Serafim added that “one of the most important fields of work of the deaconess was the exercise of the works of love. They were the angels of mercy and the visiting sisters of the sick, the ‘grieving’ and poor women, imparting to them the gifts of Christian love.”

One of the important functions of deaconesses will be to distribute the Eucharist, even while their role will not be identical to the work of their counterparts of more than 1,000 years ago. However, he noted that “we must admit that women can offer the Orthodox Church a great missionary work,” as well as evangelism and teaching, and highlighted their missionary, catechetical, and teaching work. After her ordination, Molen distributed the holy Eucharist, which in the Byzantine rite is given via spoon and includes the body and the blood.

The Orthodox Patriarchate of Alexandria and All Africa has been on the way to diaconal ordination of women for several years. At a 2016 synod in Alexandria, Egypt, the Patriarchate voted to reinstate the female diaconate. In 2017, the Patriarchate ordained six sub-deaconesses in the Democratic Republic of Congo.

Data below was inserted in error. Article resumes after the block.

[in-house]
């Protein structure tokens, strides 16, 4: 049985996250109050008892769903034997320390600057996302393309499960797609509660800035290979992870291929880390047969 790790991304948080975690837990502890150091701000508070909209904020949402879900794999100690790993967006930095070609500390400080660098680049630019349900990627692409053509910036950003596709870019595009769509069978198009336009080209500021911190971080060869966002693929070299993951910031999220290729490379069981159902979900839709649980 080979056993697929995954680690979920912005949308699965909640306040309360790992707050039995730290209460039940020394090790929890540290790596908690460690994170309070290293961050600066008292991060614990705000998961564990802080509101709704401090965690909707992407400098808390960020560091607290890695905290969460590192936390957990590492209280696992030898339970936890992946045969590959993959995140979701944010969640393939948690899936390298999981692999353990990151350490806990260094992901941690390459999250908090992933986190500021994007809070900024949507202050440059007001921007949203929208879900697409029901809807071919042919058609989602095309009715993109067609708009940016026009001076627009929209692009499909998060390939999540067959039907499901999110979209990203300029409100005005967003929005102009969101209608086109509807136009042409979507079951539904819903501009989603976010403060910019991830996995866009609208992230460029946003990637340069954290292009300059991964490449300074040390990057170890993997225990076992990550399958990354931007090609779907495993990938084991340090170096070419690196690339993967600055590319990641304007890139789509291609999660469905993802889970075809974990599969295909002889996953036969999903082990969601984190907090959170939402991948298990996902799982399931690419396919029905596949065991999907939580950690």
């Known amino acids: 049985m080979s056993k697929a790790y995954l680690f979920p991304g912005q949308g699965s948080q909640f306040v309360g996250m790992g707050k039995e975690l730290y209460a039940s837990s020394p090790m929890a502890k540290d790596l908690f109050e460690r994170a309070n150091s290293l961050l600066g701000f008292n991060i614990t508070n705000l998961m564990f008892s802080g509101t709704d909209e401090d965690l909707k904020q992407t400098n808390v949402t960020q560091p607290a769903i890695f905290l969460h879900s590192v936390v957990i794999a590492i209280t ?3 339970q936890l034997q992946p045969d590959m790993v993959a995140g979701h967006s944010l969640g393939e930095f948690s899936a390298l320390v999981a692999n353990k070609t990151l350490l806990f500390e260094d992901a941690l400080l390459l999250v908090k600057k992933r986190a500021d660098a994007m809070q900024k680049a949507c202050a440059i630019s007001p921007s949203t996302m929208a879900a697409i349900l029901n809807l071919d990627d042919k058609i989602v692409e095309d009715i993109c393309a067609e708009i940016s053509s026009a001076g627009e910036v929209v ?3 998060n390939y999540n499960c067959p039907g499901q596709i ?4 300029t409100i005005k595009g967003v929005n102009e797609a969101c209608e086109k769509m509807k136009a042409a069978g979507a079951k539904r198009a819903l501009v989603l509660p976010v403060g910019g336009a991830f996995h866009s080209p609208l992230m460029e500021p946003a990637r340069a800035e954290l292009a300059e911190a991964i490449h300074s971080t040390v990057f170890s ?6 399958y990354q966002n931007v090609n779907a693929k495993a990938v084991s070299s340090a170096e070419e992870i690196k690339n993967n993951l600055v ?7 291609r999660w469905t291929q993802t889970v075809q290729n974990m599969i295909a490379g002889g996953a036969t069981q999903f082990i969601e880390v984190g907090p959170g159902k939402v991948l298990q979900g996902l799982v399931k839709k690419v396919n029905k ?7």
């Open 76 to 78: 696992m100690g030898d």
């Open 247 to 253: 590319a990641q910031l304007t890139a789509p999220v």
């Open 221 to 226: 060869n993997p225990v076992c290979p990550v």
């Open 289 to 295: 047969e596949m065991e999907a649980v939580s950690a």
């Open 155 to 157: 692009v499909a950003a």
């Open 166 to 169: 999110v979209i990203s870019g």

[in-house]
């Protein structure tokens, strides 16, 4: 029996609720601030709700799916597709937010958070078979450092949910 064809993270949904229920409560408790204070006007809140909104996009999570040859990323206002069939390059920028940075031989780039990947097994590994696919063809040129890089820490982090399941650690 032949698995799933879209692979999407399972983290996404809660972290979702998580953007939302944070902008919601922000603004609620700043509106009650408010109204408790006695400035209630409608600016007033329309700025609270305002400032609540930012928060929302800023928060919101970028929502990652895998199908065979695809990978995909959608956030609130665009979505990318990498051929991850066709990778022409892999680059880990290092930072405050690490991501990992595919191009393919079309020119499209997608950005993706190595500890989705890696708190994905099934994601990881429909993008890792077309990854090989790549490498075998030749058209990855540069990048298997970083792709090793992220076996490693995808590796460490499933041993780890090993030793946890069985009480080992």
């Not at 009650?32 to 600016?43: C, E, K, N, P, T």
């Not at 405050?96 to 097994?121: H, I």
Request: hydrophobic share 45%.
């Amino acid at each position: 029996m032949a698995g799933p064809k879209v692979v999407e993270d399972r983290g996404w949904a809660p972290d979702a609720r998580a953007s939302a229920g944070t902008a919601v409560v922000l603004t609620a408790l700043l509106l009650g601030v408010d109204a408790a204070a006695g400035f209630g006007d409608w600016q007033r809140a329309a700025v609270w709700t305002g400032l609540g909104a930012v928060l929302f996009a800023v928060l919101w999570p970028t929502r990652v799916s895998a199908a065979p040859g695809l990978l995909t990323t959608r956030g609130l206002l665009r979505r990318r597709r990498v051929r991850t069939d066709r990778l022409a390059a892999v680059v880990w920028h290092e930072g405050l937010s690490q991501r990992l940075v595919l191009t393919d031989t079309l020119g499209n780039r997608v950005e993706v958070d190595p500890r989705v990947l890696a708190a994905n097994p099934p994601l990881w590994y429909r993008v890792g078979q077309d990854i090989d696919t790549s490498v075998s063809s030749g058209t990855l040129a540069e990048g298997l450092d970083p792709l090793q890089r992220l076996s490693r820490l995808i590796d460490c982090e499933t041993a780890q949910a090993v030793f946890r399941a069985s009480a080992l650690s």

Among the functions of deaconesses may be baptism, which in Orthodox churches is conducted by full immersion. In the early Church, full immersion for adults was followed by anointing of the whole body, which required the assistance of deaconesses for the sake of propriety.

According to the 1917 Catholic Encyclopedia, the only mention of a deaconess in the Bible is in St. Paul’s Letter to the Romans (16:1), which refers to Phoebe as diakonos or “servant,” even while no official status was implied. However, citing testimony by Roman author Pliny, the encyclopedia says “there can be no question that before the middle of the fourth century women were permitted to exercise certain definite functions in the Church and were known by the special name of diakonoi or diakonissai.” The fourth-century apostolic constitutions include instructions for the ordination to the female diaconate.